Presence instead of Presents

Date night?

For you, my dear
Presence is the gift.
My heart is here.
My thoughts not adrift.
I pack away
The source of distraction
for a pause of play
and intent interaction.
For if all were amiss
And this moment passed
The devices are cold
My heart would not last.
Presents are things
Of which I’ve no need.
Your presence it sings,
my heart is does feed.
-Heidi Forbes Öste (2012)

The house is prepared for the holidays. We settle in as the snow begins to fall. It’s the time of year again where the wish lists come out and thoughts of New Year’s resolutions start buzzing. There is only one gift that I wish to give and to get for my family this year: Presence.

All too often we find ourselves with iPad or phone holding our concentration. From the breakfast table to date night, there never seems to be a sacred moment without it. We used to say the world would not stop if we disappeared. Now each vibration causes a habitual pattern of thought even if we do not respond be checking to see the source. Most times, we cannot resist sneaking a peek just to make sure it is not “critical.”

Each year we struggle to find ways to reconnect, to discover who we are and where we are going. In our over-connected lives this often means one thing: remote location, no wifi. I look forward to a pause in the buzz. I long for the uninterrupted conversation, thought and silence. I crave a hike in the mountains, a walk on the beach, a game of cards, a snuggle in a hammock, sharing a nice bottle of wine with presence.

I hope you all will consider giving and receiving presence and the value of that gift. Extend it beyond your family, as you go about your holiday parties. Ask about people’s passions and take the time to listen with presence. You might be surprised what you learn. It might just be a present in itself. How will you share presence this holiday?

This post is dedicated to Björn; my hero, partner, playmate and champion who I look forward to sharing presence with.

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Embrace Social Media

Social media is a “cost efficient experiment” according to the Social Computing Journal. Smart Brief says polls on LinkedIn and AdWeek show “Recession will yield ad improvements in ROI, Web, social media”. Bryan Eisenberg of ClickZ states that “social media should be a part of any forward-thinking and transparent company.” Smart Brief has gone so far as to recognise the importance by creating its own section of Smart Brief on Social Media.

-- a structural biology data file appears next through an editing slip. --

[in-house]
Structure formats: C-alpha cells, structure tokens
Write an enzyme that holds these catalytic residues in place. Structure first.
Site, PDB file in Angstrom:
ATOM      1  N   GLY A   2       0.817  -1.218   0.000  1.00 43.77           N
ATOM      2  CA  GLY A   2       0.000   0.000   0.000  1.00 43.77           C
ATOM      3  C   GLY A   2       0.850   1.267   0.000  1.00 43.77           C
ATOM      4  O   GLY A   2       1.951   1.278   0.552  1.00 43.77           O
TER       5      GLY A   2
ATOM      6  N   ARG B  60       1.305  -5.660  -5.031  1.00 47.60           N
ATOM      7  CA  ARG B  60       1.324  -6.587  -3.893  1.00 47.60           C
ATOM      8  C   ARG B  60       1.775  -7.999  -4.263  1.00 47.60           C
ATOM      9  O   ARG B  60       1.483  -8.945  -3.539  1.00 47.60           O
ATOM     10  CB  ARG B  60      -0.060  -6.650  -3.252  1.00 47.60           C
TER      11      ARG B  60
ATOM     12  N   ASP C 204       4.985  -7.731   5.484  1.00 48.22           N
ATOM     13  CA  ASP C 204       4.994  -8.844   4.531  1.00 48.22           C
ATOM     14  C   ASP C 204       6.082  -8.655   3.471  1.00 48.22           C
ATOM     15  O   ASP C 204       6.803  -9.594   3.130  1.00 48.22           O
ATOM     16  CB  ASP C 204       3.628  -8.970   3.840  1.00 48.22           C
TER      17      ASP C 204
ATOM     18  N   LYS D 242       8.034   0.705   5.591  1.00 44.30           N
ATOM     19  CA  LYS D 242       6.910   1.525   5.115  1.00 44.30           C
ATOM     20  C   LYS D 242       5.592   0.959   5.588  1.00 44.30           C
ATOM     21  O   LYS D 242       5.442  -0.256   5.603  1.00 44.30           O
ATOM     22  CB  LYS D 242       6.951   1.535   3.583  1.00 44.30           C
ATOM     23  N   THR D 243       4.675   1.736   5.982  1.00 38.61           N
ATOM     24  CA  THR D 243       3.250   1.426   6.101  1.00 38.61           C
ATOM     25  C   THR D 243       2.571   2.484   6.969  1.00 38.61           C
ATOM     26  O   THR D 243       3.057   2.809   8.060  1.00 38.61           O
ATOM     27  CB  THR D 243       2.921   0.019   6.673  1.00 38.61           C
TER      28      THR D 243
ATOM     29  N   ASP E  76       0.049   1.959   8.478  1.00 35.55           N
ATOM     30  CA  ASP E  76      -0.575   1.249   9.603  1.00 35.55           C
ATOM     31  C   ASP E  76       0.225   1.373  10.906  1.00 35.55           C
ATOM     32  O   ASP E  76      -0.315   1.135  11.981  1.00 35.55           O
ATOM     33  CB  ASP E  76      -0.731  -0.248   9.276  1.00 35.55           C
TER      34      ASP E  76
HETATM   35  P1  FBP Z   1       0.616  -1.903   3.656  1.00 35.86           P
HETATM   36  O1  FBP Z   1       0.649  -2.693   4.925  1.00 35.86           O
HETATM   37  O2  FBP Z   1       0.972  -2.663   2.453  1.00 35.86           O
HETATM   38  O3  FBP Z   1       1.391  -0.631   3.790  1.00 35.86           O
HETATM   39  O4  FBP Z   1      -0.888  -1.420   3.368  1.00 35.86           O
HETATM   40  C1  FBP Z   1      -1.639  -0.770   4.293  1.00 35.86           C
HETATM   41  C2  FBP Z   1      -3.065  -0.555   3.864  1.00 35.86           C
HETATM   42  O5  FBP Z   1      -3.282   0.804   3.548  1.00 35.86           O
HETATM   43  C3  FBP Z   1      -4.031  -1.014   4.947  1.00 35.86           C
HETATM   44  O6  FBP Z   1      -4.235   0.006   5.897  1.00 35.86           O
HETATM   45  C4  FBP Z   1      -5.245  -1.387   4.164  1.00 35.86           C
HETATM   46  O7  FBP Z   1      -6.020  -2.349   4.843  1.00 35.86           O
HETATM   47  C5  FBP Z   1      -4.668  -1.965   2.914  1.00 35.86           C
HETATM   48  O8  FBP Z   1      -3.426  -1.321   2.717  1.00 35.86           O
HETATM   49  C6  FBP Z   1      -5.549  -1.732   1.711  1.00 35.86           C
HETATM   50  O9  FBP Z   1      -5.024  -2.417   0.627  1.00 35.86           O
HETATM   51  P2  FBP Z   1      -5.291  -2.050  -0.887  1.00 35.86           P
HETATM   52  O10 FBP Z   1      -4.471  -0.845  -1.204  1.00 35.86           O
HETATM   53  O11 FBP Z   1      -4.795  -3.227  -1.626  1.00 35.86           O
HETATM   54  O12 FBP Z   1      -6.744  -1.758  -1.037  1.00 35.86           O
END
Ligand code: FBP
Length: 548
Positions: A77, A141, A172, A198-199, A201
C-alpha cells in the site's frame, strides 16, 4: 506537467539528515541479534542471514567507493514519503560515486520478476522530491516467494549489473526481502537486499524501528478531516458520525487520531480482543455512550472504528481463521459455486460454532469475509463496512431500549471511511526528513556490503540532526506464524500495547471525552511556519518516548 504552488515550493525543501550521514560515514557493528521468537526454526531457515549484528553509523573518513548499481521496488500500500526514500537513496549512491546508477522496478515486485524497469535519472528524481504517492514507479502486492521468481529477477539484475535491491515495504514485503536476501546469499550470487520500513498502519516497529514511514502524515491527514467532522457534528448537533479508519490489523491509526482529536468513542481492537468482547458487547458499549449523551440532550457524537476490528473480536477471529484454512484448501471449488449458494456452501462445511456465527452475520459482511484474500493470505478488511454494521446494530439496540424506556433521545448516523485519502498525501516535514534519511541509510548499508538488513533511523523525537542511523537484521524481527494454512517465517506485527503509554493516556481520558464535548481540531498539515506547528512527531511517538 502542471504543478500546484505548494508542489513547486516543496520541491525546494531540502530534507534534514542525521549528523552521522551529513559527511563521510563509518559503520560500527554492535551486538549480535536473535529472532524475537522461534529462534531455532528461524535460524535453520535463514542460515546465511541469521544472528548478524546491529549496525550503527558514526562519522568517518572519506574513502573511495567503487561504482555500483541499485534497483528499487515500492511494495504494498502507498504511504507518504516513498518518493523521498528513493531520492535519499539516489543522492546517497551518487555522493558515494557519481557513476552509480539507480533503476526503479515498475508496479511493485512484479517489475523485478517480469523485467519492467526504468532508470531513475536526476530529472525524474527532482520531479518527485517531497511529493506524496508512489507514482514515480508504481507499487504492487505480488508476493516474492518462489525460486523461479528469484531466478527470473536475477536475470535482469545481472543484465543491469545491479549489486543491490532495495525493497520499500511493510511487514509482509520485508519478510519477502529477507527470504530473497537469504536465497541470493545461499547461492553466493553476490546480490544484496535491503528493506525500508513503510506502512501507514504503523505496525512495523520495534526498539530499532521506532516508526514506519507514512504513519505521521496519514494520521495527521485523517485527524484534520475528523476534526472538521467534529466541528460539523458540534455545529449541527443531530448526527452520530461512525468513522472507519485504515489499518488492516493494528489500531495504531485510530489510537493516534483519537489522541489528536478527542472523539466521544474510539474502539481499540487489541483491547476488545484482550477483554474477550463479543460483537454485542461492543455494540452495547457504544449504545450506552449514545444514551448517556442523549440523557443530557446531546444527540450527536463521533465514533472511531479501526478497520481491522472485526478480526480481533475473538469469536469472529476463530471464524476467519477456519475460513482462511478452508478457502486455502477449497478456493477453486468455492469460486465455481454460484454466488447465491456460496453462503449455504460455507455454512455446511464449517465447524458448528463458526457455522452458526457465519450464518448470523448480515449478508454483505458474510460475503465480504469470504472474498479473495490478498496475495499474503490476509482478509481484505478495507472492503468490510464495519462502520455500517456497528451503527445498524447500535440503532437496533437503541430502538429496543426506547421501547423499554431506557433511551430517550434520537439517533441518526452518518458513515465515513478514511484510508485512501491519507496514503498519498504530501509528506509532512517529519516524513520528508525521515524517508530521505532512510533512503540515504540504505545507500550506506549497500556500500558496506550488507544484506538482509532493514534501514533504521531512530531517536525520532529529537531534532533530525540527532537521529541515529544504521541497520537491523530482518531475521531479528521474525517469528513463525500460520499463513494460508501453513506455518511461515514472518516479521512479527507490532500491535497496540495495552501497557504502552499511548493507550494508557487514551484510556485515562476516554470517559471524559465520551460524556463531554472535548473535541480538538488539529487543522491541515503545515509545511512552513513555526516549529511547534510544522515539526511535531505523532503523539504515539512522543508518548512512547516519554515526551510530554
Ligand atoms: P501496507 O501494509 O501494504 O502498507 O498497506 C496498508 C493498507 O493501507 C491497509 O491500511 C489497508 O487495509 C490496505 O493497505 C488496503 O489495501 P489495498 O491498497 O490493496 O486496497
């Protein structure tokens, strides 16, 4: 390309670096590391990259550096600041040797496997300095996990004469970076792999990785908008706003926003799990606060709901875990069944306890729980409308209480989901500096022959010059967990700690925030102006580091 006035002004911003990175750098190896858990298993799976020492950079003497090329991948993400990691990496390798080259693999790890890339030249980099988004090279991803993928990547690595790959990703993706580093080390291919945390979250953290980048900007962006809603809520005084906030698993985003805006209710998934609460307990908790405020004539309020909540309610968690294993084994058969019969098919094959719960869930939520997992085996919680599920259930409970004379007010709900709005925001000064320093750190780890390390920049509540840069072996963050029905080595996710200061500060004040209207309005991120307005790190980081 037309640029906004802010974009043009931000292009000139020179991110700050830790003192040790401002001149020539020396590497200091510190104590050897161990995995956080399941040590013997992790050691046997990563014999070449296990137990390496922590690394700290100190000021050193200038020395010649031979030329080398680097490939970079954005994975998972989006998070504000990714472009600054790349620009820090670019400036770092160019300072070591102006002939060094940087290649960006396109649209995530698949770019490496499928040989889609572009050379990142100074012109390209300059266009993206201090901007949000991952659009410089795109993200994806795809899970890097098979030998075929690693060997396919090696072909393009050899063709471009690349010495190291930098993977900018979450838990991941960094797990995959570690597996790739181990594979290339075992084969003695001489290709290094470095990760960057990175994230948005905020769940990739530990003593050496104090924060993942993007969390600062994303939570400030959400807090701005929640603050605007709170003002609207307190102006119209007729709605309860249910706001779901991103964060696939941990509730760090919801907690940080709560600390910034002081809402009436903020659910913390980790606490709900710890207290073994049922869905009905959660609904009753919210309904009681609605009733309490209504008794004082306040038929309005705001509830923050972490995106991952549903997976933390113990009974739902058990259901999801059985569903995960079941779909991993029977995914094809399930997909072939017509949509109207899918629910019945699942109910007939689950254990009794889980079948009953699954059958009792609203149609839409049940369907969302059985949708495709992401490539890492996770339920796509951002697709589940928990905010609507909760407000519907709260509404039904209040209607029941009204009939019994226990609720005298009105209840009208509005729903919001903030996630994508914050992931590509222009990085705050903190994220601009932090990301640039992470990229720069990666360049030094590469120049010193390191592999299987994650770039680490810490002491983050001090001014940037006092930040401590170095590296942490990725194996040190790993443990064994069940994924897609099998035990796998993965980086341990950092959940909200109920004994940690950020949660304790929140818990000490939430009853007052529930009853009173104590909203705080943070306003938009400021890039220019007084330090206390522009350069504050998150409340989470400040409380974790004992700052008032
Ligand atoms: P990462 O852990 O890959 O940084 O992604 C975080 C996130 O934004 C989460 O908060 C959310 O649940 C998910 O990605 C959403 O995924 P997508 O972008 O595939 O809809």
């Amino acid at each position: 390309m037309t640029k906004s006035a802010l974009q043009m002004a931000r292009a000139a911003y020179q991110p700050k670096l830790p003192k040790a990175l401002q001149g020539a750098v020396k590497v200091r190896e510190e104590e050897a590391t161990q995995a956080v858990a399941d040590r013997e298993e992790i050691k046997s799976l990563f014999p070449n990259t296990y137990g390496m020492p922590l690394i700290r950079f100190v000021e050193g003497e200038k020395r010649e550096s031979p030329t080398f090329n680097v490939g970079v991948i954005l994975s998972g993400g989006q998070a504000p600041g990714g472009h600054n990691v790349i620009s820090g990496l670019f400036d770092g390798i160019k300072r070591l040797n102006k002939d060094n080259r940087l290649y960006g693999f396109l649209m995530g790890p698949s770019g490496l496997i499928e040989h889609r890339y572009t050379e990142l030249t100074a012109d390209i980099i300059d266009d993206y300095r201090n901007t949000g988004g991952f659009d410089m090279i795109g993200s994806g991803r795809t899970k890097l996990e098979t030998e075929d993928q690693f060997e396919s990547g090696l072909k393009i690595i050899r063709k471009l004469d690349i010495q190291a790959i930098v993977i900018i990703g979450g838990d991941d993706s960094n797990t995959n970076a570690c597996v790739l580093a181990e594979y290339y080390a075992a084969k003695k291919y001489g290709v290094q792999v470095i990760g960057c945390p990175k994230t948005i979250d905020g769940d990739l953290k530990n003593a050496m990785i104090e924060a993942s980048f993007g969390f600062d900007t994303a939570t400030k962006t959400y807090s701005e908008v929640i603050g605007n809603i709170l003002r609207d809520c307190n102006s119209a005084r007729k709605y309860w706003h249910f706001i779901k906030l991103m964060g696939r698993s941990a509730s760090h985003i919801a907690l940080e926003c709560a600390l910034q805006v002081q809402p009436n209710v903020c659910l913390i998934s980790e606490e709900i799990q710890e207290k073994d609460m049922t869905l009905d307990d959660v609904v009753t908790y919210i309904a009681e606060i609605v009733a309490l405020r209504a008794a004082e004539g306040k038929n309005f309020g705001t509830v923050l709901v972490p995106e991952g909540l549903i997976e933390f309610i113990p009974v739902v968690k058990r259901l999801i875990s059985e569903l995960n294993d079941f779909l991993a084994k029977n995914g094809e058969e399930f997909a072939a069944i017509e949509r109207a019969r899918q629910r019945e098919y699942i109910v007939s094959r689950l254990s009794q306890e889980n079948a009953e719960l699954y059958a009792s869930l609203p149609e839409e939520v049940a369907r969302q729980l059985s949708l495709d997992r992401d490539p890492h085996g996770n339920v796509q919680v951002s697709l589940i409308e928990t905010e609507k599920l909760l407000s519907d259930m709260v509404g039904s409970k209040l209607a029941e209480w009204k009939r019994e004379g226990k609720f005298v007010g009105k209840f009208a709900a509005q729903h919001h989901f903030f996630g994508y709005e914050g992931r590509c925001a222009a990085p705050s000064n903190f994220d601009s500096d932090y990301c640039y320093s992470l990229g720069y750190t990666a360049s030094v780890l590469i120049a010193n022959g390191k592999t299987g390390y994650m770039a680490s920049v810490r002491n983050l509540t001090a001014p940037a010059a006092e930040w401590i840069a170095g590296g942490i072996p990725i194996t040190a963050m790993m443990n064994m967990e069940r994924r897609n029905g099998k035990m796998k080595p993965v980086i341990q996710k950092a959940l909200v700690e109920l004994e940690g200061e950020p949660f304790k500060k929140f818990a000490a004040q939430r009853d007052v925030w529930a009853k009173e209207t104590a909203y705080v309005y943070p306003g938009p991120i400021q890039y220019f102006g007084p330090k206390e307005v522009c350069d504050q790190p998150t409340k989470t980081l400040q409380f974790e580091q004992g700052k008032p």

So what does this all mean? Social Media has hit the mainstream and we need to learn to manage our interactions with it, as individuals and businesses. It has enormous possibilities and we are all invited to partake, in fact we cannot avoid it once we go online. It was not so long ago we were learning how to deal with ratings and comments being the extent of the online interactions. Now we are creating global communities everywhere. In Clay Shirky’s Here Comes Everybody: The Power of Organizing Without Organizations we are drawn deeper into the impact of communities or organisations that are self created. As marketers we need to learn to not simply “harness” the communities but become active participants. As receivers we need to embrace the wealth of knowledge to be obtained and learn to optmise our interactions so that we do not become even more overwhelmed by the influx of information. Do not resist, but take the time to take part and learn what is out there to make the most of it.

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A new look at Entrepreneurs from old eyes

“Today’s smart entrepreneurs start global” -The Economist

Yes even the conservative Economist is recognising the much lies in the hands of Entrepreneurs, and even goes so far as to mention some social entrepreneurs while they are at it. According to the article Entrepreneurialism has Become Cool, the outlook has changed. “Today entrepreneurship is very much part of economics. Economists have realised that, in a knowledge-based economy, entrepreneurs play a central role in creating new companies, commercialising new ideas and, just as importantly, engaging in sustained experiments in what works and what does not. William Baumol has put entrepreneurs at the centre of his theory of growth. Paul Romer, of Stanford University, argues that “economic growth occurs whenever people take resources and rearrange them in ways that are more valuable…[It] springs from better recipes, not just more cooking.” Edmund Phelps, a Nobel prize-winner, argues that attitudes to entrepreneurship have a big impact on economic growth.”

Sweden’s Dagens Industri, states that creative start ups are on the rise and the economy falls. “What is now perceived as a crisis, perhaps many people in three or four years will think back on that it was the best thing that happened to them,” says Ashkan Pouya, MBA and entrepreneur.

Combining this energy to support the entrepreneurial spirit, the hopes are high on a new global economy rising like a phoenix from the ashes.

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